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Alexei looking to hit to all fields, not for power

Alexei looking to hit to all fields, not for power

Alexei looking to hit to all fields, not for power

KANSAS CITY -- Although he went into Friday's game against the Royals with just one homer through 70 games, White Sox shortstop Alexei Ramirez isn't concerned about the power numbers.

Ramirez, who hit 15 or more homers in four of the previous five seasons, is concentrating on being an efficient contributor in the No. 2 slot, which means handling the bat and hitting the ball to all fields.

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"I'm trying to hit according to my position in the lineup," Ramirez said through a translator.

Ramirez started the night with a .277 batting average, and his 76 hits and 15 doubles tied with Alex Rios for the team lead in those categories. But Ramirez had 11 errors, including a costly one in Thursday's loss at Minnesota.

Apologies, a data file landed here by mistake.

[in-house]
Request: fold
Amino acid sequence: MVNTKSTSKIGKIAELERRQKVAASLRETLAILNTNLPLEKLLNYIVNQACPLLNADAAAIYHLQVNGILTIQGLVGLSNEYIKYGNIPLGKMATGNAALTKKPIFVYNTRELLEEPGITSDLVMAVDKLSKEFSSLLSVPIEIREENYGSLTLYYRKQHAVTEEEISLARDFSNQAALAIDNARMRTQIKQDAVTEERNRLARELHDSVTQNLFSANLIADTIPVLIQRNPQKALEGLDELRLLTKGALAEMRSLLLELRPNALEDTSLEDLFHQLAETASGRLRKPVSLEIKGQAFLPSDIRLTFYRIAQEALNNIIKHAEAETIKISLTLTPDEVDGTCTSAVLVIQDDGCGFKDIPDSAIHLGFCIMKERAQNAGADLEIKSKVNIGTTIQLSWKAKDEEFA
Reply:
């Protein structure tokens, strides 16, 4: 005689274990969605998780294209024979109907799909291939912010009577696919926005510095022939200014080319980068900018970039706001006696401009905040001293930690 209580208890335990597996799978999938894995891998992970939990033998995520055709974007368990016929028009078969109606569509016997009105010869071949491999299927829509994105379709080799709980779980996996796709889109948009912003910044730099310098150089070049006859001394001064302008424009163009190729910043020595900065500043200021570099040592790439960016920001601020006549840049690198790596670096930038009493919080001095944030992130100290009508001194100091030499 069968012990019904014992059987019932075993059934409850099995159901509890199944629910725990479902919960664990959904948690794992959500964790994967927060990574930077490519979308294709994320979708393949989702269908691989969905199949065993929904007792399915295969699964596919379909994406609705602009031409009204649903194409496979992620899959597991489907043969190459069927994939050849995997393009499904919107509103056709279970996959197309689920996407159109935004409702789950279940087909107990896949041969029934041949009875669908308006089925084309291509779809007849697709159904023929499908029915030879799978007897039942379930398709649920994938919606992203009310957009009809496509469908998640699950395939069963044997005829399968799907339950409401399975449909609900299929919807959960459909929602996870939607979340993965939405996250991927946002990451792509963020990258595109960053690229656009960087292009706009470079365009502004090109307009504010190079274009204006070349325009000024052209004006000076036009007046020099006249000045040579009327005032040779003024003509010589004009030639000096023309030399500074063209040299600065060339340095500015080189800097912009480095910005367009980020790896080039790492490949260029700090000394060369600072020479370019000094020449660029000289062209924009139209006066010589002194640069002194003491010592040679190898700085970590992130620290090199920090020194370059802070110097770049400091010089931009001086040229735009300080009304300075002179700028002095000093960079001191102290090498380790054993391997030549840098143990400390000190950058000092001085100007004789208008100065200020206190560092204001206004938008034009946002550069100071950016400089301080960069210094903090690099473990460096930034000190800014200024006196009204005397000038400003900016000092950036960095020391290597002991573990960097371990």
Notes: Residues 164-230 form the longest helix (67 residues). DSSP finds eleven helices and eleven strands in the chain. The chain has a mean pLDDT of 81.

"The only one who doesn't make mistakes is the one who doesn't play baseball," Ramirez said. "You just have to keep plugging away and trust yourself."

The struggles of the White Sox in recent days has weighed on Ramirez.

"It has definitely been difficult," Ramirez said. "There have been a couple of nights where it's hard to sleep."

If the White Sox are going to turn it around, they will need solid production from Ramirez both offensively and defensively. Manager Robin Ventura has been happy to see Ramirez hit the ball the other way in the No. 2 slot.

"I think that last year he got a little pull-happy," Ventura said. "At times, anybody can. But I think he is more consistent as a hitter when he's going [up the] middle or the other way and pulling it on occasion."

If that means fewer homers for Ramirez, so be it.

"Batting second is probably some of it," Ventura said. "He has power, but he's trying to use that [right-side] hole a little bit more when guys are on first base. The weather at the start of our season probably didn't help. But as it warms up, I think he'll probably be hitting some home runs."

Robert Falkoff is a contributor to MLB.com. This story was not subject to the approval of Major League Baseball or its clubs.

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